RALEIGH, N.C. (AP) — A federal judge appears ready to take another look at a North Carolina man previously declared mentally competent to stand trial on a charge that he sought to join an al-Qaida-linked militant group in Syria.

U.S. District Judge Terrence Boyle scheduled a competency and commitment hearing for Basit Sheikh of Cary on Wednesday. In June, Boyle declared Sheikh mentally competent to stand trial.

Sheikh's defense attorney last year sought the evaluation because he said Sheikh may be mentally incompetent to help with his defense.

Sheikh is charged with providing material support to a terrorist group. He was arrested in late 2013, an early target in an FBI effort to arrest Americans expressing interest before they could join terrorist groups fighting in the Syrian conflict.

Activists say more than 200,000 people have died in the country's four-year civil war that spawned the group Islamic State.

The fear in Washington and other Western capitals is that young fighters could become radicalized by al-Qaida-linked groups and return home as battle-hardened, weapons-savvy terrorists. The U.S. believes there are about a dozen Americans fighting alongside extremist groups in Syria, FBI Director James Comey said last fall.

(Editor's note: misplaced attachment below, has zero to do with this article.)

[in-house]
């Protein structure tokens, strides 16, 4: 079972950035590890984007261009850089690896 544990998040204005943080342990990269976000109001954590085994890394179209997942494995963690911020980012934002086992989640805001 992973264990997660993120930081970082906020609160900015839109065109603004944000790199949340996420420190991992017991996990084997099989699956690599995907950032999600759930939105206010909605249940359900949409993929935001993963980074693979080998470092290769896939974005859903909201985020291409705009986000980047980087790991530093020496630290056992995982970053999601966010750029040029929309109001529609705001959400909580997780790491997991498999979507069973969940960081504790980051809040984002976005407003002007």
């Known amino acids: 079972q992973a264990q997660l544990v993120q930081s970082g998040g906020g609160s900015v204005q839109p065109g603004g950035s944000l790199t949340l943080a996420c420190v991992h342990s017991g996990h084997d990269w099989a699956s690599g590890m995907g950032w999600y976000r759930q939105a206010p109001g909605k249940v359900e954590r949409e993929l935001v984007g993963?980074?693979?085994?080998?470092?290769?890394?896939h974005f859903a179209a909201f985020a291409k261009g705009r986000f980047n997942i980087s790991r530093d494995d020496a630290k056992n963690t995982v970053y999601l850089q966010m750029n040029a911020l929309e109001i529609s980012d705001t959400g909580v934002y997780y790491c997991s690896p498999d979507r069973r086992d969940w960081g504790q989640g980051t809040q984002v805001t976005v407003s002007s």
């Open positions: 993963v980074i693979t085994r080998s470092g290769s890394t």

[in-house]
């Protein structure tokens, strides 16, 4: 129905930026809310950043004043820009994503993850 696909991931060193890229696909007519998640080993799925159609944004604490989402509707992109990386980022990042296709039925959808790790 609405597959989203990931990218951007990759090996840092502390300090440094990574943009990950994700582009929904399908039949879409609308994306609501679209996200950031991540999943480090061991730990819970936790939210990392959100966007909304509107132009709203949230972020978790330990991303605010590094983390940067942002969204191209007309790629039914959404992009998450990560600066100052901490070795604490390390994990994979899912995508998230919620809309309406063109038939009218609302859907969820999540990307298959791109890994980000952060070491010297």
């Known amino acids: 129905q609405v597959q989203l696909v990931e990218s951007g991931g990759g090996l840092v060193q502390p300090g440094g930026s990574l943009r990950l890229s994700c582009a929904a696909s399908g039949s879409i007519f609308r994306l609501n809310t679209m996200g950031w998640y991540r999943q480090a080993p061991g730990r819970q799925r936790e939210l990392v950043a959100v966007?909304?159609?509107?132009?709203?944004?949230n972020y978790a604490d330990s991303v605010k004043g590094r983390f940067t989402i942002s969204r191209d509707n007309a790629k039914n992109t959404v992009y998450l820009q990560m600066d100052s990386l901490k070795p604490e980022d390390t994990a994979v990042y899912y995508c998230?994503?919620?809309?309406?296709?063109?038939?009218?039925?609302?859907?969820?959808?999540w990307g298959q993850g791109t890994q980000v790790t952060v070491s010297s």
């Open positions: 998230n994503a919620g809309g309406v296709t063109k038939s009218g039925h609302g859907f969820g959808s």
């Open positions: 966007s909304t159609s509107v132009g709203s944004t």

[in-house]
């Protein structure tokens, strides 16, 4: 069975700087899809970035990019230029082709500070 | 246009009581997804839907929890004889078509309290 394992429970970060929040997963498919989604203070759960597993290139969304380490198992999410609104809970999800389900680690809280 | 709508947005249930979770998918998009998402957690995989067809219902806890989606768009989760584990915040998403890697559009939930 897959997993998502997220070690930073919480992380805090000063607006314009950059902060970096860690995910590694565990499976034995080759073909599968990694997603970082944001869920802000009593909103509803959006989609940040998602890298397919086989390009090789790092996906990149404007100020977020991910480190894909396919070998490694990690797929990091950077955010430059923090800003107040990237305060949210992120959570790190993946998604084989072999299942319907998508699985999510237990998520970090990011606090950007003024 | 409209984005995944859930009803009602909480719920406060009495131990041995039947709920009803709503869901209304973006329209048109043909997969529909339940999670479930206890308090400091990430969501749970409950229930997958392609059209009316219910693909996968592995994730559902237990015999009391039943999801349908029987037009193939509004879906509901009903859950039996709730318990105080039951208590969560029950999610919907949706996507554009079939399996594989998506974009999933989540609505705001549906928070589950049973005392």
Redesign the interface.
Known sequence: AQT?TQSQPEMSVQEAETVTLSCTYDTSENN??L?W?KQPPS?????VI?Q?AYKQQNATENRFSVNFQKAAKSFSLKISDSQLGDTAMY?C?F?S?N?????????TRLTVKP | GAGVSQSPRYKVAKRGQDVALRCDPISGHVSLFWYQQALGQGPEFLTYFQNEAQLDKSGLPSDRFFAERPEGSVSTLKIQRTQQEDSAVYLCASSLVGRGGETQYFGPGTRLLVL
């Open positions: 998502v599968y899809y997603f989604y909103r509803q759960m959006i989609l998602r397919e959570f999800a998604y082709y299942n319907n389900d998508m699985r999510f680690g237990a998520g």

In the past year, authorities have arrested or convicted at least a half-dozen people in Texas, Minnesota and North Carolina who allegedly sought to leave the United States with plans to join the Syria fight. A 22-year-old Florida community college student became the first American suicide bomber in the Syrian war in May.

Sheikh is charged with providing material support to a terrorist group for attempting to join Jabhat al-Nusra, a Syrian militant group the U.S. government has declared a terrorist organization. The FBI says Sheikh wrote messages online expressing a desire to fight with the group, which is fighting against Syrian President Bashar Assad's troops.

Sheikh's mother testified that he lived with his parents, likely suffered from anxiety and depression, needed psychiatric help, and spent all of his time on the Internet. He has no criminal record.

Sheikh grew up in the Seychelles, a 155-island country in the Indian Ocean, and moved to the U.S. from Pakistan in 2005, he told Boyle. He is a permanent, lawful U.S. resident but not a citizen, his attorneys have said.

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Emery Dalesio can be reached at http://twitter.com/emerydalesio.